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You are the light of the world. Chapter Fourteen in The Alabaster Jar by Theresia Saers

You are the light of the world

Chapter Fourteen in The Alabaster Jar by Theresia Saers

As in the old Rabbinical schools Jesus teaches only by word of mouth. Repetition is a favourite teaching method; the disciples listen and learn. Yet Jesus’ teaching methods are original. Often he makes his point by using illustrations chosen from the physical world, birds, plants and flowers, farmers, moneylenders, women at work, a boy running away from home and some Pharisees foolishly gathering even the weeds from their little plots of land to make up what in their eyes they own as their tithes to the Temple. Every little story sheds a different light on the great truth of God’s love for the world and on Man’s duty to respond in kind. The disciples begin to understand the deeper levels of the Law laid down by Moses.

  • ‘The kingdom of heaven is like the yeast a woman took and mixed in three measures of flour till it was leavened all through.’
  • ‘You are the salt of the earth. But if salt becomes tasteless, what can make it salty again? It is good for nothing, and can only be thrown out to be trampled underfoot by men.’
  • ‘I am the Light of the World’ But on another occasion,You are the light of the world. A city built on a hilltop cannot be hidden. No one lights a lamp to put it under a tub; they put it on the lamp-stand where it shines for everyone in the house. In the same way your light must shine in the sight of men, so that, seeing your good works, they may give the praise to your Father in heaven.’

It is much easier to quote Jesus calling himself the Light of the world than to emphasise this other statement. That we are the light of the world is somehow harder for us to take in than to hear ourselves compared to the salt of the earth. Maybe that is because Jesus never called himself the Salt of the earth. He might have but he did not. In the matter of light, it seems so conceited to call ourselves that. It seems as if Jesus felt the embarrassment of the disciples, for he takes care to work out the implications of his equation. We are told that there is nothing for us but to shine, if we are to fulfil our mission on this earth.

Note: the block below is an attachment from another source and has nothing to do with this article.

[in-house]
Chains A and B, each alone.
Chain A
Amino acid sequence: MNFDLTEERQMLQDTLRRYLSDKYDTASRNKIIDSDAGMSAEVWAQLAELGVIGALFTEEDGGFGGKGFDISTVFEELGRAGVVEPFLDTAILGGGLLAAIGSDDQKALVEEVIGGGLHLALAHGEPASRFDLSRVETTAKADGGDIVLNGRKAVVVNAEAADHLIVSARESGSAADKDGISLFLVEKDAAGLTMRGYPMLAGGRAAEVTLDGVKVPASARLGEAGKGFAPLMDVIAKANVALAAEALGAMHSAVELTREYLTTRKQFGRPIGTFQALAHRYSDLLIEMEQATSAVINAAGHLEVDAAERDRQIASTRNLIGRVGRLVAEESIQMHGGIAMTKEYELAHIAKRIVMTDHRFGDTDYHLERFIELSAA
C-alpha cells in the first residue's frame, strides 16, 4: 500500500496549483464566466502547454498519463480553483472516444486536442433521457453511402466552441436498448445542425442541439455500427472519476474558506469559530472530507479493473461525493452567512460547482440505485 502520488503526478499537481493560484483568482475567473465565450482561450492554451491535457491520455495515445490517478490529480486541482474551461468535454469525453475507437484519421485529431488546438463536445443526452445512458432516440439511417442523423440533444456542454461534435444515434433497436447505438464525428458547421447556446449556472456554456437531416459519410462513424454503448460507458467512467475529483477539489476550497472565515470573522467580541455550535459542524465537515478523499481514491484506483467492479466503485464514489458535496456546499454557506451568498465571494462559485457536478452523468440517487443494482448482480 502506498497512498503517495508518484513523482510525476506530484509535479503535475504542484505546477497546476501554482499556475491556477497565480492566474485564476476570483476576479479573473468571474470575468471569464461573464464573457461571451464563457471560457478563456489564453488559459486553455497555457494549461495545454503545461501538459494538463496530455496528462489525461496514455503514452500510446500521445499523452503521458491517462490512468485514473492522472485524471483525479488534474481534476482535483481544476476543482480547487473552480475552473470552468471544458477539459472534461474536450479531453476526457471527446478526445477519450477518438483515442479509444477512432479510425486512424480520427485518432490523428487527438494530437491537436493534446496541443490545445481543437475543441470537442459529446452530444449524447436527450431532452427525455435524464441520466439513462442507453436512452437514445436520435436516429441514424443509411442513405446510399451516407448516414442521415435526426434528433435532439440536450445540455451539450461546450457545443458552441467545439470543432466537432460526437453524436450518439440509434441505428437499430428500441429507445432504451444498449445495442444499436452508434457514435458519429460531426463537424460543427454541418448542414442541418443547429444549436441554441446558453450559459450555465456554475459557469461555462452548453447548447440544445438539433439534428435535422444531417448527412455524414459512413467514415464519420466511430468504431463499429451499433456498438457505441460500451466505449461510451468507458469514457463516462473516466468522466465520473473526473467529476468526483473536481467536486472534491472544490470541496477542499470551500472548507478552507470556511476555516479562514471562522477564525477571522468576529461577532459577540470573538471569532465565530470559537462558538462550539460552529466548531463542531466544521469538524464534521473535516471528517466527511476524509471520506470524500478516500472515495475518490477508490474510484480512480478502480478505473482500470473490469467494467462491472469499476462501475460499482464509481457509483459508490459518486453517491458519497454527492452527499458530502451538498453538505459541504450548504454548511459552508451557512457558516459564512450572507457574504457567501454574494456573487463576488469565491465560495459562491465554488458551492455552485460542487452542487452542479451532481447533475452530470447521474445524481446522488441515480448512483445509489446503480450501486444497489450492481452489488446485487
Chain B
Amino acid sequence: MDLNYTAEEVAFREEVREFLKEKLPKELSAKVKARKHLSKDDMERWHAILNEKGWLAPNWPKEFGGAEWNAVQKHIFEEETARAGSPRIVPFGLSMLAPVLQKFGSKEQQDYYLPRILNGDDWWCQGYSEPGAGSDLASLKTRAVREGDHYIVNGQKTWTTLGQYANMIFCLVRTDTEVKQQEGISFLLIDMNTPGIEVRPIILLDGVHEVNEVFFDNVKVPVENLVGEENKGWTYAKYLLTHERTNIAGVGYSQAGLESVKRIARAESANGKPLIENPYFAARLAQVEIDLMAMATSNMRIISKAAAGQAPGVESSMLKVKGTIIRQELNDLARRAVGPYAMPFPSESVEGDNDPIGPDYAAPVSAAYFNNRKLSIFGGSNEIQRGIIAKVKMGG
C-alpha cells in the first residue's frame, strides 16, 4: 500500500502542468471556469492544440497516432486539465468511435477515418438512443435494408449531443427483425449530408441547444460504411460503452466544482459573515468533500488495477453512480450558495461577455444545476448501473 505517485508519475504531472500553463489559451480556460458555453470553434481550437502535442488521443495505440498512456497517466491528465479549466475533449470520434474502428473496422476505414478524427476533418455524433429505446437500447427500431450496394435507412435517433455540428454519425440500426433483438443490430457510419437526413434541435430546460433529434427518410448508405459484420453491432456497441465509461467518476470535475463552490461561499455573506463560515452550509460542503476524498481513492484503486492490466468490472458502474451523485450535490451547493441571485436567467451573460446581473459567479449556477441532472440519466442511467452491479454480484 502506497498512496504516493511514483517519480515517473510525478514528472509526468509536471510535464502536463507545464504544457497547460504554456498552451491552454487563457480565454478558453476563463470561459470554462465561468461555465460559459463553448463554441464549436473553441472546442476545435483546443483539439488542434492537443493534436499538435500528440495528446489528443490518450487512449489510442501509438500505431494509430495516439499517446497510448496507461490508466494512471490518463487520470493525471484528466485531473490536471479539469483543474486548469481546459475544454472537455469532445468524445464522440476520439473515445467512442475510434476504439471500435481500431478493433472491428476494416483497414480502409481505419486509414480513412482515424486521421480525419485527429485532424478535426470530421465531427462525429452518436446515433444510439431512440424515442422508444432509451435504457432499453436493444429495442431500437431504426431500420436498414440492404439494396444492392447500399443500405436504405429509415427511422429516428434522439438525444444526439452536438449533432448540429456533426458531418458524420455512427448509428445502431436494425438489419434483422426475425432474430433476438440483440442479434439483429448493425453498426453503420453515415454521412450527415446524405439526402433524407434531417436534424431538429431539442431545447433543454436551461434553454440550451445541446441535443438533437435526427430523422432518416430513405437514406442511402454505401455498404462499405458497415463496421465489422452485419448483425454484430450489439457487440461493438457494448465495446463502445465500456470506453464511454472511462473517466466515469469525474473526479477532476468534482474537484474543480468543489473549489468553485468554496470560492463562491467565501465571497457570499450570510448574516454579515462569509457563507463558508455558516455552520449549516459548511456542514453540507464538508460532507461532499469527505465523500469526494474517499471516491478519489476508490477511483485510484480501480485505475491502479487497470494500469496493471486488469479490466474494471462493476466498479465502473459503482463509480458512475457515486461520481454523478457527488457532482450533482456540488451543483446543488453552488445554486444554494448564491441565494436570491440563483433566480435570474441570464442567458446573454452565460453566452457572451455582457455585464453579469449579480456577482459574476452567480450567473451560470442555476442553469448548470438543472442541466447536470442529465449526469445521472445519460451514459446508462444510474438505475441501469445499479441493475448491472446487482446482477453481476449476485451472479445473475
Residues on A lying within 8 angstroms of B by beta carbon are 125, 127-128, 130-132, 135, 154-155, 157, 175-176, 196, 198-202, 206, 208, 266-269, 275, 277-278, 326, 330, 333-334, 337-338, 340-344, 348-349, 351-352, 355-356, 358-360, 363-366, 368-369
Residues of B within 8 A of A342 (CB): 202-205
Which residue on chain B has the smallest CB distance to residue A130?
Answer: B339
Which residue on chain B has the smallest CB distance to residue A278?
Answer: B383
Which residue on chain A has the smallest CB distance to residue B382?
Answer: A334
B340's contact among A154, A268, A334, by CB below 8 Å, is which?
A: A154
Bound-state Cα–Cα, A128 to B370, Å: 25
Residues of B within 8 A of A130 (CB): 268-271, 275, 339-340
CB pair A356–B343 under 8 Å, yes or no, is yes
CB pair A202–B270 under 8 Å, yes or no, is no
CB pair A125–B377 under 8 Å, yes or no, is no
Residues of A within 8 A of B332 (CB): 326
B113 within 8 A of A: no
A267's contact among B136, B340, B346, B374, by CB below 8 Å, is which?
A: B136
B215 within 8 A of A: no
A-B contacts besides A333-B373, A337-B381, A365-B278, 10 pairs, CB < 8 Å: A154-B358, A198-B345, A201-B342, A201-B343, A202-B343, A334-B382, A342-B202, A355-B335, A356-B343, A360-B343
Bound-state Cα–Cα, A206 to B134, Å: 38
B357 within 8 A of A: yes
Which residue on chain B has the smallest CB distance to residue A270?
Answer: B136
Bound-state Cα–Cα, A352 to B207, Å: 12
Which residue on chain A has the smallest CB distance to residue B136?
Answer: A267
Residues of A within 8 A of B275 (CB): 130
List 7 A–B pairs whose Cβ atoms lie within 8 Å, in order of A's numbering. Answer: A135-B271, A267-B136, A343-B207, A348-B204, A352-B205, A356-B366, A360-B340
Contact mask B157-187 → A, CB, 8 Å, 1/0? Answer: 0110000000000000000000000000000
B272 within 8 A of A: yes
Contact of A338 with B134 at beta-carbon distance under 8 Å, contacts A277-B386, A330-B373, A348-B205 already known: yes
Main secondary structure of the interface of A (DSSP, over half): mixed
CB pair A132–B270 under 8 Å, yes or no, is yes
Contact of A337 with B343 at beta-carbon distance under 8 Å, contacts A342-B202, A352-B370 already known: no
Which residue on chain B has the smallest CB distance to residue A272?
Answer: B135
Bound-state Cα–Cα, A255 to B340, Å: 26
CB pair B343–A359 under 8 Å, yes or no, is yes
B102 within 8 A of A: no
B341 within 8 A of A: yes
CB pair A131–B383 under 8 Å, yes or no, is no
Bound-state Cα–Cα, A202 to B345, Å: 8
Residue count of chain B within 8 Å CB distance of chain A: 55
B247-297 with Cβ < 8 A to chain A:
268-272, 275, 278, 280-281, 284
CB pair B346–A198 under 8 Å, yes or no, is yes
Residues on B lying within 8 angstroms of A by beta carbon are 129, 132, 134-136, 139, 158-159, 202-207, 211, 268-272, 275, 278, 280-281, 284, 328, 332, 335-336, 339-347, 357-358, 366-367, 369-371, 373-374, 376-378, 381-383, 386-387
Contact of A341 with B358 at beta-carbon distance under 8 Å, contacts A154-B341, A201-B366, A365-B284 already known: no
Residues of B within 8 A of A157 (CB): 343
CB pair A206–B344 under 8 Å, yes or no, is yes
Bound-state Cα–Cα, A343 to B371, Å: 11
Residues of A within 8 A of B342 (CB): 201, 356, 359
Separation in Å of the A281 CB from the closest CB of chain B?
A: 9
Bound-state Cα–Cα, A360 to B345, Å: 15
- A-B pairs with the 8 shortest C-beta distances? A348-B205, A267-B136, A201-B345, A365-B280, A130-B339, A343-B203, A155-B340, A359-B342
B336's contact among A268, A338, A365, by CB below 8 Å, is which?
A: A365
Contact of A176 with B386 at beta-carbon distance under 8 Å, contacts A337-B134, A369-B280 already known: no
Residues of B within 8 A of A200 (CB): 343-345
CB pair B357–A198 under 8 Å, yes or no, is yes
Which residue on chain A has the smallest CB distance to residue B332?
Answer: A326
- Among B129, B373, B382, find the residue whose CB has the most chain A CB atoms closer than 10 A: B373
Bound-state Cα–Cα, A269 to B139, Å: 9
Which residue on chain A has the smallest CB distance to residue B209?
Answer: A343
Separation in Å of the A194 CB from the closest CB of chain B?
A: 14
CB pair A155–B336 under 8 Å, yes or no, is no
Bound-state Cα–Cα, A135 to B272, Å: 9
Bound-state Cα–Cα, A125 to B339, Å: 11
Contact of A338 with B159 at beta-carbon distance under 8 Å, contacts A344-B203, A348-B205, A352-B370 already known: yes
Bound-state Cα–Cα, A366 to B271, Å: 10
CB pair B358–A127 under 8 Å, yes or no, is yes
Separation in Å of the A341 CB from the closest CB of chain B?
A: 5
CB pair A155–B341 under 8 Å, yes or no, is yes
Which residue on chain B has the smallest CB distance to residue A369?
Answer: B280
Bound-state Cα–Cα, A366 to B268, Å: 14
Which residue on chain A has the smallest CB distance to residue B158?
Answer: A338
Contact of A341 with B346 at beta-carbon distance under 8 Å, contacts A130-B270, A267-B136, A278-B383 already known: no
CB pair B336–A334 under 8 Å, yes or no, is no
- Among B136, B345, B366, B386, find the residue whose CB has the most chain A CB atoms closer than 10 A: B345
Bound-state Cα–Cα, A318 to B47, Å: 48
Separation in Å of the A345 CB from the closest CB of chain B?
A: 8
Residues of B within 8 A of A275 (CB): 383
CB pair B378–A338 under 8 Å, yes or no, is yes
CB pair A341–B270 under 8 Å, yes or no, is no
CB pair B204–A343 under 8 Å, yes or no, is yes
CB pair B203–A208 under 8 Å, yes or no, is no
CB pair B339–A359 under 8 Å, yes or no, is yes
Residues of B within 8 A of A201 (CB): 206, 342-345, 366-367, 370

Mary is a devoted disciple, who must have been shocked by the lack of response shown by the spiritual leaders of Israel. Maybe even, at times, by the other disciples. They seem to understand so little of what the Rabbi means. They quarrel about rank. About rank! Is not that unbelievable? (As is all the talk about rank there still is in the ranks of our present day church, and which is the basis for any refusal to take women into holy orders.) At least those early disciples were ashamed when they found out Jesus knew what they had been discussing on their way. They are shocked when they find Jesus speaking with women. She realises that it is only the poor and the illiterate that seem to really understand, the humble people who lead their simple lives. Their need seems to help open their eyes. Even notorious sinners, tax gatherers and prostitutes, respond gratefully to Jesus’ teaching and his generosity. Like in John’s day many common people gather to hear Jesus and change their lives and he eats and drinks with them, never holding them in contempt. He honours their invitations and they accept him for what he is, the long-awaited Saviour, the Messiah, the Anointed One, sent by the Most High.

Once Peter is their spokesman: ‘You are the Anointed One, the Son of the living God.’ He has a profound admiration for his Master. Mary, too, is growing daily in love and devotion to Jesus, and more and more ashamed of the leaders of her people, and sensing danger.

One day Jesus himself begins to talk about what he feels is in store for him and prepares the disciples for the confrontation with his enemies.

‘He took the Twelve to one side and said to them, Now we are going up to Jerusalem, and the Son of Man is about to be handed over to the chief priests and the scribes. They will condemn him to death and will hand him over to the pagans to be mocked and scourged and crucified; and on the third day he will rise again.’

Jesus apparently faces his inevitable fate with the same resignation and courage that we later see in countless others and in our own day in a heroic contemporary Dom Christian de Chergé , martyred in Algeria in 1996. After years of growing danger the latter writes in a letter to his mother that since he has come for the wellbeing of the Algerian people, he will not desert them in the hour of mortal danger. Jesus’ disciples on the other hand are not yet ready for the ultimate challenge and are hanging back. Why go to Jerusalem, if you know that disaster will follow on arrival?

It may well be that Mary and the women travelled ahead on account of what seems to have become their special assignment, namely the finding of board and lodging for their Rabbi. Anyway, Mary is in Bethany when Jesus bends his steps to the Temple for the last time. It so happens that her brother falls dangerously ill. When a messenger arrives from Bethany informing Jesus of the fact that Lazarus, his friend, is very ill, the Master does not set off straight away for Bethany, where an important event is about to happen. John has the story. It is interesting to note that in the telling he discloses the name of the woman that anointed the Lord, namely our Mary of Bethany. The circumstances of the anointing itself are only told by him at a later stage.